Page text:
By Windy Cole, DPM, CWSP
“Science is curiosity, testing, and experimenting.”
Wound healing as a clinical specialty has evolved over the past 2 decades. The importance of wound care research in this emerging area of medicine cannot be overstated. Wound care research must continue to be conducted to facilitate the development of effective treatment protocols for patients suffering the numerous sequelae associated with chronic wounds. Wound management remains an area of medicine where advance practitioners play a key role in providing care and making decisions. It is therefore reasonable to believe that wound care clinicians of all backgrounds should also be active participants in wound care research. This article will detail the initial steps in developing a research proposal including determining a hypothesis and selecting the design of the study.
Designing and executing experimental studies requires attention to detail. The process starts with a good research question. The best research questions are those that are simplistic and focused. How do you come up with a good research question? Often research questions arise from a specific clinical problem or unusual patient case. Sometimes questions arise due to an interest in a new product or technique that might add benefit to patient care. All that is needed to begin is curiosity.
Once you have decided on your hypothesis the next step is to determine your study design. In this relatively young clinical specialty, there are a number of patient care needs that require investigation. Various research designs can be considered. Common types of trial designs include case studies, surveys, non-comparative studies, and randomized controlled trials (RCT). When considering the type of trial you would like to perform, it is important to consider the number of potential subjects available to participate and the potential implication of the study. A thorough literature search should also be conducted prior to determining the study design so that you may familiarize yourself with any previous research conducted on the subject matter.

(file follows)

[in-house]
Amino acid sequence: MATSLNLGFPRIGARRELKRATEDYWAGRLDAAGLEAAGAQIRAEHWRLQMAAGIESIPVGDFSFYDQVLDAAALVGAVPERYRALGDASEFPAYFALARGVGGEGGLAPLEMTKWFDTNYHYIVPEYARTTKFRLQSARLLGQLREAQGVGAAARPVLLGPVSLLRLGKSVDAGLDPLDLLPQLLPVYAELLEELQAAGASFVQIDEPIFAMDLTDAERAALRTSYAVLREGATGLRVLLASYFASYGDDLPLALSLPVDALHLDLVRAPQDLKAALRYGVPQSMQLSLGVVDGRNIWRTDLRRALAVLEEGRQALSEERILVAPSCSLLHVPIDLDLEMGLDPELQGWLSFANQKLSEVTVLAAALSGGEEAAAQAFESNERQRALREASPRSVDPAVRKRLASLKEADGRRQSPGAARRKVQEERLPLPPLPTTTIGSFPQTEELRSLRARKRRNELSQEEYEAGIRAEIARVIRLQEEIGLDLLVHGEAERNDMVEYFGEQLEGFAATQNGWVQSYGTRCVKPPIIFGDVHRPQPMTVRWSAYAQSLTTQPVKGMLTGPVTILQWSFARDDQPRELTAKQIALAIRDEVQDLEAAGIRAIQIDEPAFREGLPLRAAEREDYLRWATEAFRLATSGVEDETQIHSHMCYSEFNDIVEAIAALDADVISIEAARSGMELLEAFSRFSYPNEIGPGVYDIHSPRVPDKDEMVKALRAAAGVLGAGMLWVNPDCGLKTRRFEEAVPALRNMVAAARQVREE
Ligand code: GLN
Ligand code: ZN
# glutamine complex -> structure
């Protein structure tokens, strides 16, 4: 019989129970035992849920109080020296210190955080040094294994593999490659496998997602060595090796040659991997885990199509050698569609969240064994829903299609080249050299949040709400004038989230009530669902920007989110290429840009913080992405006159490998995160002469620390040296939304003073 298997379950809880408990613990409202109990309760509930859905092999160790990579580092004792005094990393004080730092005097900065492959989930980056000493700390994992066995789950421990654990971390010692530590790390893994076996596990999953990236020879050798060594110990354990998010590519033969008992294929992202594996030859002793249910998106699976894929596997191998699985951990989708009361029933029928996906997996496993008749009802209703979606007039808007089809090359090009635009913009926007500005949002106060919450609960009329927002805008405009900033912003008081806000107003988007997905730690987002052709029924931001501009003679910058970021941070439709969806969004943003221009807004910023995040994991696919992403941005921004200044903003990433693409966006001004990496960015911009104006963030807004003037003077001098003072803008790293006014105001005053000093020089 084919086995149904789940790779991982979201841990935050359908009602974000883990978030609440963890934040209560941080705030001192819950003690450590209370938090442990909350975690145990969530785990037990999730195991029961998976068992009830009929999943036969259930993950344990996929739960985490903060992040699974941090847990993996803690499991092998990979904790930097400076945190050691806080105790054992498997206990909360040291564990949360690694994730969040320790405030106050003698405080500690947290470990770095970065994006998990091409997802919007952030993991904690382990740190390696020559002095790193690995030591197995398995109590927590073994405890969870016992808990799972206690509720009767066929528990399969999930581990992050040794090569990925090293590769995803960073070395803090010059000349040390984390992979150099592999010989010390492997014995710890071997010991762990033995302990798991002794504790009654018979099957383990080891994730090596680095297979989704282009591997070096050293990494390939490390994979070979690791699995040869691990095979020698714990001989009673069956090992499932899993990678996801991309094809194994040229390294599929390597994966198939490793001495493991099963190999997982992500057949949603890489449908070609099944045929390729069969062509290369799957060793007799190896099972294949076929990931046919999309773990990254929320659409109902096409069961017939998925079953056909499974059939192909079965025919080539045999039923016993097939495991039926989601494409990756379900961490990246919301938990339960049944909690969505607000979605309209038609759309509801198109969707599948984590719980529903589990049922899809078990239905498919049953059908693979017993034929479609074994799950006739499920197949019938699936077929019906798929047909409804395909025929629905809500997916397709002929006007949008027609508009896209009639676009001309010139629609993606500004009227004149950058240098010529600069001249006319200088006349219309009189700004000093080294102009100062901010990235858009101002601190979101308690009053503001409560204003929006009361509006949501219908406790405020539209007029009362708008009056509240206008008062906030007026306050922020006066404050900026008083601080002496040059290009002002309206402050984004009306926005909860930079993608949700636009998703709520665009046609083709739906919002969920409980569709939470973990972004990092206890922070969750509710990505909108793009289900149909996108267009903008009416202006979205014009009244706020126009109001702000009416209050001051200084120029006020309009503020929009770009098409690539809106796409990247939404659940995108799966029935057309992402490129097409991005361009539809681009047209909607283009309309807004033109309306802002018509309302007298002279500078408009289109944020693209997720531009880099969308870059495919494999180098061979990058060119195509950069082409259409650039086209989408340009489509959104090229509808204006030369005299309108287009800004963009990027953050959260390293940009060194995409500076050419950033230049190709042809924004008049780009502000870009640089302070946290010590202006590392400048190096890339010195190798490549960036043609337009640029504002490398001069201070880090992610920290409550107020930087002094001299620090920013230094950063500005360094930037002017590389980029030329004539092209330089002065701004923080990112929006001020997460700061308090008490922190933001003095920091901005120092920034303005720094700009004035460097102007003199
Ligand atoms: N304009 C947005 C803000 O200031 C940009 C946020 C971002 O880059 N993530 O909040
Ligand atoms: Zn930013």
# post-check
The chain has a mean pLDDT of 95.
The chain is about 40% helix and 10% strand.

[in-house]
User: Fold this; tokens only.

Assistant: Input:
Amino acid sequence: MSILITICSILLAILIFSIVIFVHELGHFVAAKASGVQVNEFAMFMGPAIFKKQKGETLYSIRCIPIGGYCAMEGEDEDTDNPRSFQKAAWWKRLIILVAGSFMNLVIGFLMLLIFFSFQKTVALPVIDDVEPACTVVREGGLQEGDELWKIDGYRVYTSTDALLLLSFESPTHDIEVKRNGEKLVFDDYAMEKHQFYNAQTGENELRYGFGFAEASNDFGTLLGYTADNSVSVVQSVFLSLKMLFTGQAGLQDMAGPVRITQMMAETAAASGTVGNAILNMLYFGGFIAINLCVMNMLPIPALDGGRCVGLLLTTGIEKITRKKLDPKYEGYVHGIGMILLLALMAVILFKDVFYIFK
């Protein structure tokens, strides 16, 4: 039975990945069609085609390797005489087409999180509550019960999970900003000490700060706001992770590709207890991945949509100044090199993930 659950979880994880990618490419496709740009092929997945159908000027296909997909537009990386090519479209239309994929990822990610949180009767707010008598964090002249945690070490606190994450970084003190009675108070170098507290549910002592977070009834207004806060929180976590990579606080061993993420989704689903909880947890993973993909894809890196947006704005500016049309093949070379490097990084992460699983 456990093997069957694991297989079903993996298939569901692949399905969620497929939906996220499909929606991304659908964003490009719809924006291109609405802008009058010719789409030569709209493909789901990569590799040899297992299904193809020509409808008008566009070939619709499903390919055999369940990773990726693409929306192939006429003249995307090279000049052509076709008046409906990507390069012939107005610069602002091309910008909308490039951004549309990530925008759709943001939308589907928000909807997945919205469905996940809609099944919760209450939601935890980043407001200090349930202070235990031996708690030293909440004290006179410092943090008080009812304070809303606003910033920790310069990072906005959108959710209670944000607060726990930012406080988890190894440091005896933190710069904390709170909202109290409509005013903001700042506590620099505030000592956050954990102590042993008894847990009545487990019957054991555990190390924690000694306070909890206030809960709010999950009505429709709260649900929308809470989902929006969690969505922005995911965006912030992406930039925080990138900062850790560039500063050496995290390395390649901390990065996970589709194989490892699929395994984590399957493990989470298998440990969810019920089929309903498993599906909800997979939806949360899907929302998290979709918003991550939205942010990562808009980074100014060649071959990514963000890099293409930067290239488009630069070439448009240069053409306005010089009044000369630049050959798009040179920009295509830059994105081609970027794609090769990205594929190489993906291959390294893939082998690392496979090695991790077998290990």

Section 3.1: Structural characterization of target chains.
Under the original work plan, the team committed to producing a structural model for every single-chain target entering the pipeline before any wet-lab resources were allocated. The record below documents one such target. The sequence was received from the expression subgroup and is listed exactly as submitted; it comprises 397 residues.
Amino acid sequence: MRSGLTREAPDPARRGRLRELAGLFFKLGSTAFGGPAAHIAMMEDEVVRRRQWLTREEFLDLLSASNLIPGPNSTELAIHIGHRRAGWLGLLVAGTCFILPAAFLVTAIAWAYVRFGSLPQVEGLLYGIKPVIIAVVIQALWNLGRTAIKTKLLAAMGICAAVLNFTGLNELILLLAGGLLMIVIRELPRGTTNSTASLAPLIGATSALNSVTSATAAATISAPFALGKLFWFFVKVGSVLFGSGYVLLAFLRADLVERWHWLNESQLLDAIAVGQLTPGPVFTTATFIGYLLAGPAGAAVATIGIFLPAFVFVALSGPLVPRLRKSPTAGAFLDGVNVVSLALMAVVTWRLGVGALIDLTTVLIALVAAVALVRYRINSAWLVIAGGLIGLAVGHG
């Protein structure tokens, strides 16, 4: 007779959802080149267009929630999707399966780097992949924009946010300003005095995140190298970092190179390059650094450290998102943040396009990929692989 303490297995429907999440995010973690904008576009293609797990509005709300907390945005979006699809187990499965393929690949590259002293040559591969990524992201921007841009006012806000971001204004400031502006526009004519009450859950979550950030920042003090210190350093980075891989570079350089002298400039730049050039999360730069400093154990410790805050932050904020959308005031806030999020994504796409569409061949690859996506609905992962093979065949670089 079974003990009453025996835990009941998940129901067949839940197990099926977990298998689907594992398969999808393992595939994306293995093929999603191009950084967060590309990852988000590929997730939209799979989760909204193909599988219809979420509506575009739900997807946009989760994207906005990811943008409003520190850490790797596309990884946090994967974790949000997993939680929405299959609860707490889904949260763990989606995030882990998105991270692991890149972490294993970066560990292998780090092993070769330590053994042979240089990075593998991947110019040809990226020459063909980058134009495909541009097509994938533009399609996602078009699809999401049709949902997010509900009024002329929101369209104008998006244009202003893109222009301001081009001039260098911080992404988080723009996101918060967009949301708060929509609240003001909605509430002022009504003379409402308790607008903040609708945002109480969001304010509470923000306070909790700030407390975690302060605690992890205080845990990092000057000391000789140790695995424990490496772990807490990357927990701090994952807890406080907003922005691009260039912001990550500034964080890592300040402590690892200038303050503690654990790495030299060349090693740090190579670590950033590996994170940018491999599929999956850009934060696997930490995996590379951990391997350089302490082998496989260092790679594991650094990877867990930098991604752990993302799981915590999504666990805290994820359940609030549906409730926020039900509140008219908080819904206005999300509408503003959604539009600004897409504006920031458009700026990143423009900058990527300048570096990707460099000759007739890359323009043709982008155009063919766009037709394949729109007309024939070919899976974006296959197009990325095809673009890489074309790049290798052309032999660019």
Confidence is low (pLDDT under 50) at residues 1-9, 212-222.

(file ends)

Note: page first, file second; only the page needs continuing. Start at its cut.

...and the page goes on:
Case Studies: Case studies are a great way to evaluate new dressings or devices. This type of trial can help determine the product efficacy in a certain patient population or wound type. Collecting data on patient satisfaction, unexpected side effects, and overall ease of use are examples of information that can be collected by means of case studies. While case studies are a good first step, often these trials do not provide enough evidence to make definitive conclusions based solely on the study outcomes.
Surveys: Surveys can be a helpful tool to measure the relationship between clinical intervention and patient behavior, tolerance, or outcomes. Surveys are often part of a larger trial design and can be used to determine product usability or to measure changes in patient quality of life. Information collected from survey data often influences the planning and design of additional studies.
Non-comparative Studies: Non-comparative studies follow a small cohort of patients receiving a specific intervention for a predetermined series of weeks. There is no control group in these types of studies. Often the focus of non-comparative studies is on new treatments or new indications for established therapies. In the process of developing novel treatments, it is common to perform a series of studies to obtain more information about the proposed new therapy. These studies are performed as a pilot to study a particular hypothesis prior to initiating a larger randomized controlled trial.